“Payne provides a rich and original perspective on these historical processes in Argentina, Chile, Brazil and South Africa through a detailed analysis of the confessions of individuals responsible for past state violence.” — Alexander Wilde, A Contracorriente

“Recommended. General readers, upper-division undergraduate students, and graduate students.” — M. Tétreault, Choice

“This book makes a significant contribution to the fields of transitional justice and democratization by examining what happens when the institutional silence and denial of past crimes is broken by individuals. Payne’s important point here is that, whatever the motivations of the perpetrator who confesses, the stories open up debate and help challenge the political consensus of supporters of the past repressive regime.” — Michael Humphrey, American Journal of Sociology

“This is an excellent book and its high quality, given the brutal material, was hard earned.” — Marguerite Feitlowitz, EIAL

Unsettling Accounts is an extremely valuable contribution to social science scholarship. Leigh A. Payne’s complex and nuanced analysis of when, why, and how perpetrators confess is far more sophisticated than any other research that I know about.” — Lesley Gill, author of The School of the Americas: Military Training and Political Violence in the Americas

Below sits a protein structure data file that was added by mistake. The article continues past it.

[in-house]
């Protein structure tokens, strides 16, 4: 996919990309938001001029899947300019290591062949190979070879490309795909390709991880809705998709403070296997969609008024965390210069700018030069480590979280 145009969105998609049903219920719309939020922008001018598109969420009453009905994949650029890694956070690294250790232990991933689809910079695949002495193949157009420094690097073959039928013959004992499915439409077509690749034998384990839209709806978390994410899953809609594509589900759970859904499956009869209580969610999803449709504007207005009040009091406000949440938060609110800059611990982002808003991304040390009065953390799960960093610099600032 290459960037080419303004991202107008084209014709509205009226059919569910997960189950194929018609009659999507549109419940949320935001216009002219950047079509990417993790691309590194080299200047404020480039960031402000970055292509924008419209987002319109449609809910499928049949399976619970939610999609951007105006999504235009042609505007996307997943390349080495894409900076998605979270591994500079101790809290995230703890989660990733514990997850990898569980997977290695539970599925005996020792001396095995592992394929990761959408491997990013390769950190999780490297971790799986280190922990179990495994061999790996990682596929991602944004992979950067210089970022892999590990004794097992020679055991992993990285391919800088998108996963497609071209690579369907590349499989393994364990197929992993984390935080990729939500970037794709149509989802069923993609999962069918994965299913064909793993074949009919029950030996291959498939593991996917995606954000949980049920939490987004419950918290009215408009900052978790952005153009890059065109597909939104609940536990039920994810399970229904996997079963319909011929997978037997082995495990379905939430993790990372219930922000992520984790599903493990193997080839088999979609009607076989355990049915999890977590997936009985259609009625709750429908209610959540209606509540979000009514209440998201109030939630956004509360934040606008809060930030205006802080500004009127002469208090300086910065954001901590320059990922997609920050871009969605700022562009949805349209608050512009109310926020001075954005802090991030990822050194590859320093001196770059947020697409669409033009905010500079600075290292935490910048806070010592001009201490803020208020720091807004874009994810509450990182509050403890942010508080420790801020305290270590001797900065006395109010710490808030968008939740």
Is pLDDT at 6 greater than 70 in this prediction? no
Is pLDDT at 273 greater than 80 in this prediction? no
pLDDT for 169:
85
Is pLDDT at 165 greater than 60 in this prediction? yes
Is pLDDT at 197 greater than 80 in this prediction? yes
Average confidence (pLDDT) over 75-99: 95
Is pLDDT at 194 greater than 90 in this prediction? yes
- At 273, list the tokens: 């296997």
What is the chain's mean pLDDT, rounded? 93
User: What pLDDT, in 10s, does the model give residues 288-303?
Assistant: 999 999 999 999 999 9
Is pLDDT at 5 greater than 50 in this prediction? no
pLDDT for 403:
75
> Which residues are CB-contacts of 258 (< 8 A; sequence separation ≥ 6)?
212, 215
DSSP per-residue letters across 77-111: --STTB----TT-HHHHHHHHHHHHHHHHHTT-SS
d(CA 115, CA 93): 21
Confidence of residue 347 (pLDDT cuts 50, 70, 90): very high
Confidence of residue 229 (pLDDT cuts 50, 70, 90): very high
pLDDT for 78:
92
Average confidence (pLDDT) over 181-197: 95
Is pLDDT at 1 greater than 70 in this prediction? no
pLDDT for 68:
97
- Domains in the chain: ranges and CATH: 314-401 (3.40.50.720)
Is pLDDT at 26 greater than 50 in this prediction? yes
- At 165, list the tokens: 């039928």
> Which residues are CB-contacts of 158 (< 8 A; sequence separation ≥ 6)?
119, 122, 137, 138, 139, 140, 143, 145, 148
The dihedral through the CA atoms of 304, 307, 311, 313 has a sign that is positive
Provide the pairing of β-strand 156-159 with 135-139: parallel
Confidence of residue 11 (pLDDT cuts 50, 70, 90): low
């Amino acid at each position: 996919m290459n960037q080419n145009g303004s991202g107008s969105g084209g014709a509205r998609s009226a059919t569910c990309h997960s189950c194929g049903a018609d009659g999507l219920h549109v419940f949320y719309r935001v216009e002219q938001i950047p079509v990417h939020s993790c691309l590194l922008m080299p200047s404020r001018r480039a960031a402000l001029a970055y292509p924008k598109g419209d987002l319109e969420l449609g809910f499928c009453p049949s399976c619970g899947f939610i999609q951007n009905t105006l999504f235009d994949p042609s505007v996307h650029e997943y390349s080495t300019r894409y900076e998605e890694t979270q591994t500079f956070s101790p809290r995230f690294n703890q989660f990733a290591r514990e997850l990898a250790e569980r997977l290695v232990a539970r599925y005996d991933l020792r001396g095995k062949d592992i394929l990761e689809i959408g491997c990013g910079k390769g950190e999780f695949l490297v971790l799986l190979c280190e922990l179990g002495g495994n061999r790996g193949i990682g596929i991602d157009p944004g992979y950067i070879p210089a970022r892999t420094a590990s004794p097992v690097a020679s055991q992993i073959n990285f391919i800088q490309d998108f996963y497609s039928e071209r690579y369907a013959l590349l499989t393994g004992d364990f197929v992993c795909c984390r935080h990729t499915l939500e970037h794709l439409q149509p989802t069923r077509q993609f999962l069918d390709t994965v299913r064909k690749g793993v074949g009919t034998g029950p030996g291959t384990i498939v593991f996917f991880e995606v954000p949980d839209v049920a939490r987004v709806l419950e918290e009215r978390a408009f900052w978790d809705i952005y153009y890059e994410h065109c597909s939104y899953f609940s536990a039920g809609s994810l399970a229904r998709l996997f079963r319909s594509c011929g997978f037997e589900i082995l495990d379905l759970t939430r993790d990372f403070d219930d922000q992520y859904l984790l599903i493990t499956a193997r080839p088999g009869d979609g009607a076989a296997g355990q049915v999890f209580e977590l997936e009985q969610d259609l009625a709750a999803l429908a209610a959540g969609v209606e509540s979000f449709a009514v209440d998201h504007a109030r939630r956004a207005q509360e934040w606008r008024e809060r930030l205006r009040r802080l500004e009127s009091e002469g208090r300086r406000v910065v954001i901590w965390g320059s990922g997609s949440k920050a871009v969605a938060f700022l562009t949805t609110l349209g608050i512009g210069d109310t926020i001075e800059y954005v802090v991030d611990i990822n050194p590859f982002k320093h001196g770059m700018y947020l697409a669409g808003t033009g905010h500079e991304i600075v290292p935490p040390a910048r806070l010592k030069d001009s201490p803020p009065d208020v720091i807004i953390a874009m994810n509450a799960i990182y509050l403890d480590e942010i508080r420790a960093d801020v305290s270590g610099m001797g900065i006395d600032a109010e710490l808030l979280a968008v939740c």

Unsettling Accounts is unique in transitional justice literature in its extended focus on individual perpetrators and on confessions. Leigh A. Payne links individual stories to some of the most pressing questions in transitional justice scholarship.” — Kathryn Sikkink, author of Mixed Signals: U.S. Human Rights Policy and Latin America


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Author/Editor Bios Back to Top

Leigh A. Payne is Professor of Political Science at the University of Wisconsin, Madison. She is the author of Uncivil Movements: The Armed Right-Wing and Democracy in Latin America and a coeditor of The Art of Truth-Telling about Authoritarian Rule and Business and Democracy in Latin America.

Table of Contents Back to Top
Acknowledgments ix

Abbreviations xiii

Introduction: The Political Power of Confession 1

1. Confessional Performance 13

2. Remorse 41

3. Heroic Confessions 75

4. Sadism 107

5. Denial 141

6. Silence 173

7. Fiction and Lies 197

8. Amnesia 229

9. Betrayal 251

Conclusion: Contentious Coexistence 271

Notes 293

Bibliography 343

Index 353
Sales/Territorial Rights: World

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Additional InformationBack to Top
Paper ISBN: 978-0-8223-4082-9 / Cloth ISBN: 978-0-8223-4061-4